Restless India press on
All the uncertainties in the game of glorious uncertainties are not directly related to bat and ball. The elements play a crucial role at times and needing something extraordinary to save the second Test, South Africa found a friend in rain to just about stay alive for one more day, Atreyo Mukhopadhyay reports.cricket Updated: Feb 18, 2010 00:46 IST
All the uncertainties in the game of glorious uncertainties are not directly related to bat and ball. The elements play a crucial role at times and needing something extraordinary to save the second Test, South Africa found a friend in rain to just about stay alive for one more day. Little wonder then, that the rain dancers in their ranks will work as hard as the remaining batsmen when the action shifts to the final day.
Those in the Indian team who woke up early and took a peek out of the window, must have been disheartened by the sight of roads left wet by the unseasonal overnight rain that hit the city late on Tuesday. A damp outfield delayed the start by 93 minutes and a combination of another wet spell and bad light allowed just 34.5 overs on Wednesday before play was finally called off.
It was a chilling reminder of the second Test between India and the West Indies in St Lucia in 2006, when India needed nine wickets in two days to win and got just six on the final day after watching the fourth day being washed out.
The crucial difference between this Test and that is, in the 158 minutes of play at Eden Gardens, India plucked out three South African wickets including two of their most reliable batsmen - Graeme Smith and Jacques Kallis.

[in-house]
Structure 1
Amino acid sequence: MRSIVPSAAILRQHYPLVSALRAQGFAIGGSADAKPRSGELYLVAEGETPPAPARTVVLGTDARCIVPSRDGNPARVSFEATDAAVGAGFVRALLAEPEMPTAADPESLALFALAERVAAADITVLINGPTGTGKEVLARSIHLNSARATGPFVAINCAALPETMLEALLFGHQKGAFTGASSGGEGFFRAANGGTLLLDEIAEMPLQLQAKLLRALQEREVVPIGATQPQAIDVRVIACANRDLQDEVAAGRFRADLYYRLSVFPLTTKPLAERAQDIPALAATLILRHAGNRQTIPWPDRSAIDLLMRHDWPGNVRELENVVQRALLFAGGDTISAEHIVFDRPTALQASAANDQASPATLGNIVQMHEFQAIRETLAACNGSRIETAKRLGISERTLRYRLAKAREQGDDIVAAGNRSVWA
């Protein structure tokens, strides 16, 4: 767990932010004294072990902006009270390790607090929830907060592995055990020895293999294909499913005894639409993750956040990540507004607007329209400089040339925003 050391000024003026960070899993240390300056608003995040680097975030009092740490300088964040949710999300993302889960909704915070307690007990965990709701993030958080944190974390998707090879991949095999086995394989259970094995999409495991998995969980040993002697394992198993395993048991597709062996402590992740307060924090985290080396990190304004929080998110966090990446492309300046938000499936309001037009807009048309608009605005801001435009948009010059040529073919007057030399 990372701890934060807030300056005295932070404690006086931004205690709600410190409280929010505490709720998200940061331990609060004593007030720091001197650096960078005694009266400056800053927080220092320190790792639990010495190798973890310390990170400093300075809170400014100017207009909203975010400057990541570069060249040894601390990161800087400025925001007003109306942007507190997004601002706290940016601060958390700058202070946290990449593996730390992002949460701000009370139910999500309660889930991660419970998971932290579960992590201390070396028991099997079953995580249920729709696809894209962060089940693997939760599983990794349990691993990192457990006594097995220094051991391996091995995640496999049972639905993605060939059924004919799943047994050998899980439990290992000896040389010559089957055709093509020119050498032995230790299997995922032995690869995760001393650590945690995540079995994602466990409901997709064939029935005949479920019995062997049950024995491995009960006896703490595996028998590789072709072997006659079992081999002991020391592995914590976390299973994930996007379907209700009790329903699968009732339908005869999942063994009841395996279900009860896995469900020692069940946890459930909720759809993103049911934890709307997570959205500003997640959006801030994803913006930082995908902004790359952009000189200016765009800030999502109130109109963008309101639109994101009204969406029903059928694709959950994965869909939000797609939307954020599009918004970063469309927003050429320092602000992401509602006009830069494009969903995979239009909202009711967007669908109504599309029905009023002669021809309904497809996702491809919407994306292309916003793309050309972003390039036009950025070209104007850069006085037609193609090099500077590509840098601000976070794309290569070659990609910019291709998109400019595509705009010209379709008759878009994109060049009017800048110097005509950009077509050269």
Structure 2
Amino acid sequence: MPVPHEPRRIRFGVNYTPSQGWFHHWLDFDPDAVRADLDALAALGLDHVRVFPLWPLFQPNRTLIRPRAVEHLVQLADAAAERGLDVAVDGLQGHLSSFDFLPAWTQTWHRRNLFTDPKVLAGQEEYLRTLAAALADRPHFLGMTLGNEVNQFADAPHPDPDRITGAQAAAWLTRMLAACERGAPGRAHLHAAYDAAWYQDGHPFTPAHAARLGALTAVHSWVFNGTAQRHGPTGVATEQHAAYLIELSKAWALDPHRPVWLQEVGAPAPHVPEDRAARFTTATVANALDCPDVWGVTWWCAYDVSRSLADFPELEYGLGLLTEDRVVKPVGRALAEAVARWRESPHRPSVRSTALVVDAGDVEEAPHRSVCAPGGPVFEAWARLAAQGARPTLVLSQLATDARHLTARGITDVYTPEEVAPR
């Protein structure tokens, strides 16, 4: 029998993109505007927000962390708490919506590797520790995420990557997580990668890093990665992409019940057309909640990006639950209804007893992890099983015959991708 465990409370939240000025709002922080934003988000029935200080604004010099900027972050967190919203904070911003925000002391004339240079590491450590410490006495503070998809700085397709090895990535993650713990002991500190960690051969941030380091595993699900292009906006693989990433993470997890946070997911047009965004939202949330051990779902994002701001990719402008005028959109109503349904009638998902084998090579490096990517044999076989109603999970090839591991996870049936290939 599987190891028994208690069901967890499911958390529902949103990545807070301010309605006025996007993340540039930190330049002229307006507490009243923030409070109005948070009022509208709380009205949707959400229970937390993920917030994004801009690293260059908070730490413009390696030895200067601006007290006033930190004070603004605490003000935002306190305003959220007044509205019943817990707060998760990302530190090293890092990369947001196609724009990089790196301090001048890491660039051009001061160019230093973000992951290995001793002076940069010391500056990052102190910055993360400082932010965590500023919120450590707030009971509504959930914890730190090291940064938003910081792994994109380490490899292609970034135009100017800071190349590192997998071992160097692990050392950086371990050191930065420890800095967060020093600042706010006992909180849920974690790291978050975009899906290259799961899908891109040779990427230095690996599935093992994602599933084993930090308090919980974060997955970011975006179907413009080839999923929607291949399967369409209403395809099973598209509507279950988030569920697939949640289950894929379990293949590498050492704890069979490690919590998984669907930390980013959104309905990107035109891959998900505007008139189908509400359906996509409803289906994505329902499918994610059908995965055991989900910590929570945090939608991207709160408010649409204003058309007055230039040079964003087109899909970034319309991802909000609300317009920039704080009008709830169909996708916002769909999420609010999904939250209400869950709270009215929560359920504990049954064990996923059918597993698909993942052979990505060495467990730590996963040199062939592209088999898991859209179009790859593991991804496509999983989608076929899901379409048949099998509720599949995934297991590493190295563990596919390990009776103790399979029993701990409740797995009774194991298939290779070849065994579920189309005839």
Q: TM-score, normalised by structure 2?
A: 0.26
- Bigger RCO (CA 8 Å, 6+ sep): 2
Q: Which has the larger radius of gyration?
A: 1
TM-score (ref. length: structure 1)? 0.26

Smith's team is not new to high-intensity cricket. They are coming off a strong performance at home against England although that series ended in a draw and last season they shared the spoils with Australia after bitterly-fought home and away series.
Facing Indian spinners towards the end of a Test with a huge deficit, however, is a hurdle they are yet to clear.
So, even if the Indian attack swung between being good, bad and mediocre, South Africa kept losing wickets, and with them the moments.
Zaheer Khan was the only bowler to ask serious questions initially, as India started with him and Harbhajan Singh. Ishant Sharma bowled an indifferent short spell before being replaced by Amit Mishra and it seemed the visitors would survive the first hour without casualties.
The leg-spinner deceived Smith in the air and off the pitch first ball to win a leg-before shout. Mishra wasn't consistent with length and dropped it short on both sides before producing one that spun across the face of Kallis's bat and kissed the shoulder of the bat for M.S. Dhoni to complete a crucial catch.
Kallis’ wicket was poetic justice for Mishra who had seen similar balls miss the edge several times in the first Test.
Ishant continued to disappoint even when he tried the short-pitched stuff and hardly made the batsmen play when he bowled full, while Zaheer went off the ground for a while with what coach Gary Kirsten later described as "a tightening of the quadriceps" which is not serious. The biggest encouragement for India was Harbhajan and the turn and bounce he got.
There will be more of that if play starts on Thursday and as Kallis put it, it would be a day to "emerge heroes". It's to be seen which team the heroes emerge from.